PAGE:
WEALTH PRIMARY FILTERS OUT LOW SPENDERS
Supreme Court Justice, Legislators Say Action Needed
Competition between Democrats and Republicans has become more intense in North
Carolina, but party labels still don't matter as much as money when it comes
to winning elections, a new study finds.
An analysis of the 1998 election shows that the top spender in contested races
for the General Assembly won more than 8 out of 10 times, regardless of party
affiliation. By contrast, legislative candidates who could not raise at least
60 percent as much as their opponent had only a 1-in-24 chance of winning a
Overall, 9 out of 10 of the state legislators elected in 1998 either outspent
their opponent or had no opposition at all.
"We've got a wealth primary today that filters out many good candidates,
just as the white primary and poll tax excluded good people in the past,"
said Pete MacDowell, executive director of Democracy South, the Chapel Hill
campaign finance research group that conducted the study.
"The number of dollars, not the number of voters, typically decides who
wins," MacDowell said.
Voter turnout can still matter, however. A strong Republican showing in 1994
helped the GOP gain a majority in the House, with 19 members winning despite
being outspent. Money still played a big role: 1994 was the first year the Republicans
reached fundraising parity with the Democrats in House races. In 1998, the parties
reversed roles as Democrats spent $1 million more on House races than they did
in 1996, while the GOP added only $200,000 overall - and lost their majority.
The money factor plays such a dominant role in elections that some legal experts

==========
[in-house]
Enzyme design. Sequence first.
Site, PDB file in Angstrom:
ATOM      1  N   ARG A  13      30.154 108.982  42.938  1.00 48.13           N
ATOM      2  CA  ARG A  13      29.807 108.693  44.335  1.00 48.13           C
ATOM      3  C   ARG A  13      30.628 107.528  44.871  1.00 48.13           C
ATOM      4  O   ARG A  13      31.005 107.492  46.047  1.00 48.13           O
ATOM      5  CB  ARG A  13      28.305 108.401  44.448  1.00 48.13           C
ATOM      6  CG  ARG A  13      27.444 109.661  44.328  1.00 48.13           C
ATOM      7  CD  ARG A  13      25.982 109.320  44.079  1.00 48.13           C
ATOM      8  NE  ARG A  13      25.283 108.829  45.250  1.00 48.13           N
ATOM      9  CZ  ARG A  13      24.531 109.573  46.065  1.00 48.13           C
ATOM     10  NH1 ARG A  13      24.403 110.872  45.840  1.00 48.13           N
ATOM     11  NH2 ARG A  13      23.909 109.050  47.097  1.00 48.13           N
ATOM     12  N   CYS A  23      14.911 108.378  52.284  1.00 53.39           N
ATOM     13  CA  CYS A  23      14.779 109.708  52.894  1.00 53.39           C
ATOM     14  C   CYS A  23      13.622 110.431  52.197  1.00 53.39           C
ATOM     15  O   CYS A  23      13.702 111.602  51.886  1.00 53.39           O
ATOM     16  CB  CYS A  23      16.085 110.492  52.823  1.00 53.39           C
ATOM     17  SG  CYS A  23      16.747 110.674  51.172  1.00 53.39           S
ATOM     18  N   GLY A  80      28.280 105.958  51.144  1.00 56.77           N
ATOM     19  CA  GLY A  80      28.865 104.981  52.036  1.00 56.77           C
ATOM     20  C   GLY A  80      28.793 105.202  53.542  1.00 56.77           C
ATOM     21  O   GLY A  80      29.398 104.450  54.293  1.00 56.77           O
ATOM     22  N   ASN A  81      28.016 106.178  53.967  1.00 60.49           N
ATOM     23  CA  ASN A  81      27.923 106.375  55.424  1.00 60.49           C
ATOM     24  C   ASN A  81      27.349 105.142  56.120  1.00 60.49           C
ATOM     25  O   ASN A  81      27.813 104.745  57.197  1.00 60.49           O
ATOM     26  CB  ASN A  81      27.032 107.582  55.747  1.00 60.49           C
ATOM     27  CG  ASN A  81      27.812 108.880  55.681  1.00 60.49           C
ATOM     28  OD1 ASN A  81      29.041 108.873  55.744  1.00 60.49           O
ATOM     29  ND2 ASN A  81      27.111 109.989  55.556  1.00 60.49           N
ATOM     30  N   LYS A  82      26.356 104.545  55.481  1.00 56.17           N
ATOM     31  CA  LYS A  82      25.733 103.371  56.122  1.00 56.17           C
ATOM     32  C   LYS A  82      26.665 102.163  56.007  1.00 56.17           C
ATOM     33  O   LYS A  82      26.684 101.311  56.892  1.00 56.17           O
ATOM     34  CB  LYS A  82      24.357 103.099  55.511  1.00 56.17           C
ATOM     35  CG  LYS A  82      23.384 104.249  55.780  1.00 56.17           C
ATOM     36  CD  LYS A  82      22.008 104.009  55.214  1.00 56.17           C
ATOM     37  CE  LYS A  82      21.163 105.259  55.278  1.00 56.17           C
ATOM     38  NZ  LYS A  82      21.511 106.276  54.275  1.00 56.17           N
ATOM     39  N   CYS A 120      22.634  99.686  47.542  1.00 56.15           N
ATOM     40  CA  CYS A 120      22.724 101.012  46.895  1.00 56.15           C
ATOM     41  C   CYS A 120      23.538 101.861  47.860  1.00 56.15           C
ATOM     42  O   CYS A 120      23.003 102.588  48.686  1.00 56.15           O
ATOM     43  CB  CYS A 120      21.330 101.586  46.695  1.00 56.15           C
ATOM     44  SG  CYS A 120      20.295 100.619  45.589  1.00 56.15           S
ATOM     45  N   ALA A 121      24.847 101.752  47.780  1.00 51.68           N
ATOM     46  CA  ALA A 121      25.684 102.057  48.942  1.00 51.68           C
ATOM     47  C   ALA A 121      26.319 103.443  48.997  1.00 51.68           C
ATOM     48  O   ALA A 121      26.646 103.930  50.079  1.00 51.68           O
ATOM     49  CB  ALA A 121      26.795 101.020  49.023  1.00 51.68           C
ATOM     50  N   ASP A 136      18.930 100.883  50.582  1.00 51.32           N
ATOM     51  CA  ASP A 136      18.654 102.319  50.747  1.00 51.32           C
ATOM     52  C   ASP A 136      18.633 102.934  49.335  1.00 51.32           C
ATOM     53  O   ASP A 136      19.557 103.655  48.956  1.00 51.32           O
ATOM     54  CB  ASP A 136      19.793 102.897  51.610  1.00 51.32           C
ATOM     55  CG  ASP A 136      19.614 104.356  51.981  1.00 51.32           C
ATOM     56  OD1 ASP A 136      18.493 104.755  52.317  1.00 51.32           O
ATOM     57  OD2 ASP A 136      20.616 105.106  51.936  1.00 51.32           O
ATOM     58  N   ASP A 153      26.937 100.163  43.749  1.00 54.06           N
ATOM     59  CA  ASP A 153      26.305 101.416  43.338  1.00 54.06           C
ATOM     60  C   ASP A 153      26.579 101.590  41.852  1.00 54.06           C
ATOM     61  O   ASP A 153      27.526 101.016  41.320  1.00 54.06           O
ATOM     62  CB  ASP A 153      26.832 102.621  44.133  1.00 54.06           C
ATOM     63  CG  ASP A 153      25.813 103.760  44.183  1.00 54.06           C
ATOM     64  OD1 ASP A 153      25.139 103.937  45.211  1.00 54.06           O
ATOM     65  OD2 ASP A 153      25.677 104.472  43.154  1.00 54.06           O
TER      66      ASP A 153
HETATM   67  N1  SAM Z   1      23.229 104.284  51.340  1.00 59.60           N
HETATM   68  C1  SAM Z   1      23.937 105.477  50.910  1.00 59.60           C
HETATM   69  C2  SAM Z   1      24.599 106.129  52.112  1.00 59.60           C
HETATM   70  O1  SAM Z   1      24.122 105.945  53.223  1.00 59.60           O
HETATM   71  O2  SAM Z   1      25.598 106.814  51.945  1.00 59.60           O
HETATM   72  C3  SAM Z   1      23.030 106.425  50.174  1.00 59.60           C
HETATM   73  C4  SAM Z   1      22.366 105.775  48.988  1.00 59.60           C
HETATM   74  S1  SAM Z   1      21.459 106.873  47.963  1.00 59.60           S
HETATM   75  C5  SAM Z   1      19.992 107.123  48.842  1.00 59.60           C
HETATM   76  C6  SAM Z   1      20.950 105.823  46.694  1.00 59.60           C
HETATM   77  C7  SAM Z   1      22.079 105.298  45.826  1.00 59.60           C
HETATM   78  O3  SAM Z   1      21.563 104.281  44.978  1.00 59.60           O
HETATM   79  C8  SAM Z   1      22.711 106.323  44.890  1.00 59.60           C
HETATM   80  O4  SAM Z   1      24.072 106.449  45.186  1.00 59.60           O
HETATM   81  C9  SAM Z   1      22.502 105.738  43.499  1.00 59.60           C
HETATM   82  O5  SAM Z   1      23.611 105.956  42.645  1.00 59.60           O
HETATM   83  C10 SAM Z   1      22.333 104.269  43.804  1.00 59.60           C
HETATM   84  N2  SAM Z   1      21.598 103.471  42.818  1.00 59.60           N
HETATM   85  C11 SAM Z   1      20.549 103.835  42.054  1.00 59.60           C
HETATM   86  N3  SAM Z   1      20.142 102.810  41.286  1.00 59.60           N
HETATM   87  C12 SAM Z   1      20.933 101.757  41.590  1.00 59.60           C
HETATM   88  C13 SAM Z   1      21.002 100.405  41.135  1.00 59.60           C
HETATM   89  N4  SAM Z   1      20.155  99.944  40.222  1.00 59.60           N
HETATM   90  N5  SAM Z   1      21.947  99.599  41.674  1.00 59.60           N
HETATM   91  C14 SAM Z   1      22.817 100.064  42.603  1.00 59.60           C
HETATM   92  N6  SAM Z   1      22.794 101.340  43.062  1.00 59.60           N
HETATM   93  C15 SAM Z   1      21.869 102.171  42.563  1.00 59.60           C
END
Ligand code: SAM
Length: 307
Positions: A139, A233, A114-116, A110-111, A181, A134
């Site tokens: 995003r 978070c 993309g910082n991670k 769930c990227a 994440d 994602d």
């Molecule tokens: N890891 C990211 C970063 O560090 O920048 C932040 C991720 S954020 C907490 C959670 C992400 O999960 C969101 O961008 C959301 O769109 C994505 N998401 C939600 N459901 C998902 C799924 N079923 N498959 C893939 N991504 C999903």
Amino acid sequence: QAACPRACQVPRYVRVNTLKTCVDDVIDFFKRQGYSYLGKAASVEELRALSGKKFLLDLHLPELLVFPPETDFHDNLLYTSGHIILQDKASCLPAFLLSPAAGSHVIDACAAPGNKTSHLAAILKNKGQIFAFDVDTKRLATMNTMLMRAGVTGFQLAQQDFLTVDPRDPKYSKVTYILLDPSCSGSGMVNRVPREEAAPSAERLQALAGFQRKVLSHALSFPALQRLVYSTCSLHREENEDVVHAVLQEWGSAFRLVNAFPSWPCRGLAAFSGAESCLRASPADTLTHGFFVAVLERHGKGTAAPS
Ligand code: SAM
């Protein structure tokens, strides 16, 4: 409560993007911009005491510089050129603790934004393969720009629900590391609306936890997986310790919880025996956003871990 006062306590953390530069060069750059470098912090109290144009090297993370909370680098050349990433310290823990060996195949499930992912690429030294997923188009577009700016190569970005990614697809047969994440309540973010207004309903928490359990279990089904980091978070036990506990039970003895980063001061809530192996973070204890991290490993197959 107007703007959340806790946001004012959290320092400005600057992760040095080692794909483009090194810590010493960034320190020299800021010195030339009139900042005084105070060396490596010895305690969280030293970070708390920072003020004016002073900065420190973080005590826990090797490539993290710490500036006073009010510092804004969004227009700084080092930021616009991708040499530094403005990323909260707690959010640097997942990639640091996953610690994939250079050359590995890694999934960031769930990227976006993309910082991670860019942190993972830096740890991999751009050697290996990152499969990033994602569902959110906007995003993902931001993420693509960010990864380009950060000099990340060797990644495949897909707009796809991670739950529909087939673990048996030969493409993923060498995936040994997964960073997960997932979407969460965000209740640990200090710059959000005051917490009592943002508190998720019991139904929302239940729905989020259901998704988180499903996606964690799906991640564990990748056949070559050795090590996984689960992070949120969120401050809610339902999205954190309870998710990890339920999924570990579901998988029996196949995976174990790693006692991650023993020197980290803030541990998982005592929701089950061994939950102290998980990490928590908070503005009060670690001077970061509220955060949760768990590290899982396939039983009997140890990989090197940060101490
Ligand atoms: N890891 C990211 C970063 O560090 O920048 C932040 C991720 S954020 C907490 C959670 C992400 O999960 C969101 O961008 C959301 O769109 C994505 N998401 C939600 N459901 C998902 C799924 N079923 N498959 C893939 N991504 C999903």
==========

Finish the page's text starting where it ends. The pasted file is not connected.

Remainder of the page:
- including a former chief justice of the North Carolina Supreme Court - suggest
it amounts to an unconstitutional barrier to political expression.
"I think arguments can be mounted that wealth is playing so large a part
in our elections that people of moderate-to-low financial means are simply being
drowned out," James G. Exum, the retired NC Supreme Court chief justice,
told a reporter recently. "That raises serious 'equal protection' problems
under the state constitution." [Exum is now at Smith Helms Mulliss &
Moore in Greensboro.]
The power of money in elections is so great, he said, "it smacks of setting
up an additional qualification for office. Either you have a great deal of money,
or access to a great deal of money, or you can't run."
The study by Democracy South also found:
The Money Advantage. The success rate for top spenders in contested races dipped to 77 percent in 1994 and 1996, but climbed back to 83 percent in 1998, which is almost where it was in 1992 before Republicans began investing heavily in General Assembly campaigns. Every candidate who spent $150,000 in 1998 won. In head-to-head contests, every candidate who spent at least twice as much as his or her opponent won (with one exception, Rep. Carolyn Russell's reelection.) Candidates don't always have to spend big to succeed, but if they can't compete financially, they are generally doomed. In 1998, those with budgets under 60 percent of their opponents had a 96 percent failure rate.